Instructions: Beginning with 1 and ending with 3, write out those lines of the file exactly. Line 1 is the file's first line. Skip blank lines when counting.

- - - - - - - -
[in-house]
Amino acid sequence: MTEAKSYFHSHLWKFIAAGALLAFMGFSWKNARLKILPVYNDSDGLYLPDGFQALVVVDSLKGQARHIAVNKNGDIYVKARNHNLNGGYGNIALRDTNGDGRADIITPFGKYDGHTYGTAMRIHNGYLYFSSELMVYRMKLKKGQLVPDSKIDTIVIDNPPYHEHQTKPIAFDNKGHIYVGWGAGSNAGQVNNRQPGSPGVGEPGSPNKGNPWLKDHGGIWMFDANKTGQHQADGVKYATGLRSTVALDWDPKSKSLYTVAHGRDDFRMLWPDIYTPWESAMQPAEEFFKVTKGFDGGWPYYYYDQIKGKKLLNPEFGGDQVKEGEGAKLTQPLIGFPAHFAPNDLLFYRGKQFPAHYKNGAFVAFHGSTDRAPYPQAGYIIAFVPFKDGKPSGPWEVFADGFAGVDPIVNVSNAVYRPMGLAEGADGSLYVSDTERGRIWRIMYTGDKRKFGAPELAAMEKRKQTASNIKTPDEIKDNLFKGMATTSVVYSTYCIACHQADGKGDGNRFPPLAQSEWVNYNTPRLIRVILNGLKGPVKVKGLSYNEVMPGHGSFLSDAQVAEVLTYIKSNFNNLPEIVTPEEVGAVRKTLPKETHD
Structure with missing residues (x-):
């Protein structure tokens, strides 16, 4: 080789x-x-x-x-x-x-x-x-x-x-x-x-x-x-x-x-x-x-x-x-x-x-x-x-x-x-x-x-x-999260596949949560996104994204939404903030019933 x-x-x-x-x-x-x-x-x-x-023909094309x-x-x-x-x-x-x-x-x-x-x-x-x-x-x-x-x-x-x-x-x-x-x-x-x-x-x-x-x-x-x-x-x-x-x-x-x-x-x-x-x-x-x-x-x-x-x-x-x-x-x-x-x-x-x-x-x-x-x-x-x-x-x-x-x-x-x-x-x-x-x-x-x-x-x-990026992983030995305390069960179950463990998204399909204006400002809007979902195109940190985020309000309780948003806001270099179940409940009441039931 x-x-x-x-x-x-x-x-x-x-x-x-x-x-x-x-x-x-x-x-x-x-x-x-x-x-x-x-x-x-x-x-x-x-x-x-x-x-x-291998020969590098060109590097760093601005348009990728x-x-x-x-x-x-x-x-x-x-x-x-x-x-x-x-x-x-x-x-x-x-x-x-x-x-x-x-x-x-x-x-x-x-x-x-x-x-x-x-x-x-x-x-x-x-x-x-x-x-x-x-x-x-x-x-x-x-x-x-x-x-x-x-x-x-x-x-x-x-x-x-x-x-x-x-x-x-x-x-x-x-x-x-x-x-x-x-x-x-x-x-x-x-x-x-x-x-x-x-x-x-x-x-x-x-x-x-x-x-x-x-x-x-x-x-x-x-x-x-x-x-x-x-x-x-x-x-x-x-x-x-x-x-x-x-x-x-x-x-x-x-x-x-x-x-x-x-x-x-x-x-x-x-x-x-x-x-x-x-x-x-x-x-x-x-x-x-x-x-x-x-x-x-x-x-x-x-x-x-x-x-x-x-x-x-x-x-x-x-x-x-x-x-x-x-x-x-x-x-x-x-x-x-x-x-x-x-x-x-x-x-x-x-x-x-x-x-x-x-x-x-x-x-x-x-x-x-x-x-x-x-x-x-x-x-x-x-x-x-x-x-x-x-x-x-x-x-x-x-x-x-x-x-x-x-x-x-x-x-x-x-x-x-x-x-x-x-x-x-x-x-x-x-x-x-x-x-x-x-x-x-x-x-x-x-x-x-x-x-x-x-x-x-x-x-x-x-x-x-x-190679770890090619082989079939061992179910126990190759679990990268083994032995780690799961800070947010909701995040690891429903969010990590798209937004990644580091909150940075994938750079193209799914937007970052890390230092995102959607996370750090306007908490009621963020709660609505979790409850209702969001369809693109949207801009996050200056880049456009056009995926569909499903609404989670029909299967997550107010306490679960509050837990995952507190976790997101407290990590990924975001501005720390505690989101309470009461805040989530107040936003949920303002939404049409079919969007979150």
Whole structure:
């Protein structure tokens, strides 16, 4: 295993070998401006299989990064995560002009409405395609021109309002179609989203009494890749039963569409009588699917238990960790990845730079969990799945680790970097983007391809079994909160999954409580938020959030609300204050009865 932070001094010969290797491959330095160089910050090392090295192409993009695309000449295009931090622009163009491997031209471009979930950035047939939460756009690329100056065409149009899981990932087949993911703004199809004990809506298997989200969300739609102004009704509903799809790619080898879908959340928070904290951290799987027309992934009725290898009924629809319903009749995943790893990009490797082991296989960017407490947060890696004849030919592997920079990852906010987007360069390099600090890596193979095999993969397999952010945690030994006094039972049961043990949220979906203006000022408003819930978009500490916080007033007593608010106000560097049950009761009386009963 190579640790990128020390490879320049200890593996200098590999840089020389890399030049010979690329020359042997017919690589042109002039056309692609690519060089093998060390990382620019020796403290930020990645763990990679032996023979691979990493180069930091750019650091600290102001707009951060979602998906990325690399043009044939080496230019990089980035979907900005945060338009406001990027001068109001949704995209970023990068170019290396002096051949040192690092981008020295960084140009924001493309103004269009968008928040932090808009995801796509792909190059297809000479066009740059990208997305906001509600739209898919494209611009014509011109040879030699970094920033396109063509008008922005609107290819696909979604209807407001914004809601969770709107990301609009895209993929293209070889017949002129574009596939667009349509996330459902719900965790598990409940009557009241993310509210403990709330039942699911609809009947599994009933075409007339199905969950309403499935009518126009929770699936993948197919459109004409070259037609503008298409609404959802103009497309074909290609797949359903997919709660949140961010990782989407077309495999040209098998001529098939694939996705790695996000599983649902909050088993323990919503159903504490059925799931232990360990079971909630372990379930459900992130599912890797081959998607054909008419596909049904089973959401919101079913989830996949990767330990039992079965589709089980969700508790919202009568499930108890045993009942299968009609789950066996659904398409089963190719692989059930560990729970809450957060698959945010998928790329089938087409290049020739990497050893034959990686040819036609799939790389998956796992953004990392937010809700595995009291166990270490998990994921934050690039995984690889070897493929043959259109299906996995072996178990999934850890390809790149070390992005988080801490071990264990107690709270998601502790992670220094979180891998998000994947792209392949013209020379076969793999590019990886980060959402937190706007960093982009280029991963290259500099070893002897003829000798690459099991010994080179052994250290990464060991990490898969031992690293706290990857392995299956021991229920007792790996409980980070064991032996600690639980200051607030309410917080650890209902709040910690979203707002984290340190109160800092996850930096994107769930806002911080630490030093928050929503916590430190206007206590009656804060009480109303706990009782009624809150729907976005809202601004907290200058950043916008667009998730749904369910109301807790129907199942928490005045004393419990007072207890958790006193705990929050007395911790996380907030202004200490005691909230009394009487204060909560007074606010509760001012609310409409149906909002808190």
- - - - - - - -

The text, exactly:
[in-house]
Amino acid sequence: MTEAKSYFHSHLWKFIAAGALLAFMGFSWKNARLKILPVYNDSDGLYLPDGFQALVVVDSLKGQARHIAVNKNGDIYVKARNHNLNGGYGNIALRDTNGDGRADIITPFGKYDGHTYGTAMRIHNGYLYFSSELMVYRMKLKKGQLVPDSKIDTIVIDNPPYHEHQTKPIAFDNKGHIYVGWGAGSNAGQVNNRQPGSPGVGEPGSPNKGNPWLKDHGGIWMFDANKTGQHQADGVKYATGLRSTVALDWDPKSKSLYTVAHGRDDFRMLWPDIYTPWESAMQPAEEFFKVTKGFDGGWPYYYYDQIKGKKLLNPEFGGDQVKEGEGAKLTQPLIGFPAHFAPNDLLFYRGKQFPAHYKNGAFVAFHGSTDRAPYPQAGYIIAFVPFKDGKPSGPWEVFADGFAGVDPIVNVSNAVYRPMGLAEGADGSLYVSDTERGRIWRIMYTGDKRKFGAPELAAMEKRKQTASNIKTPDEIKDNLFKGMATTSVVYSTYCIACHQADGKGDGNRFPPLAQSEWVNYNTPRLIRVILNGLKGPVKVKGLSYNEVMPGHGSFLSDAQVAEVLTYIKSNFNNLPEIVTPEEVGAVRKTLPKETHD
Structure with missing residues (x-):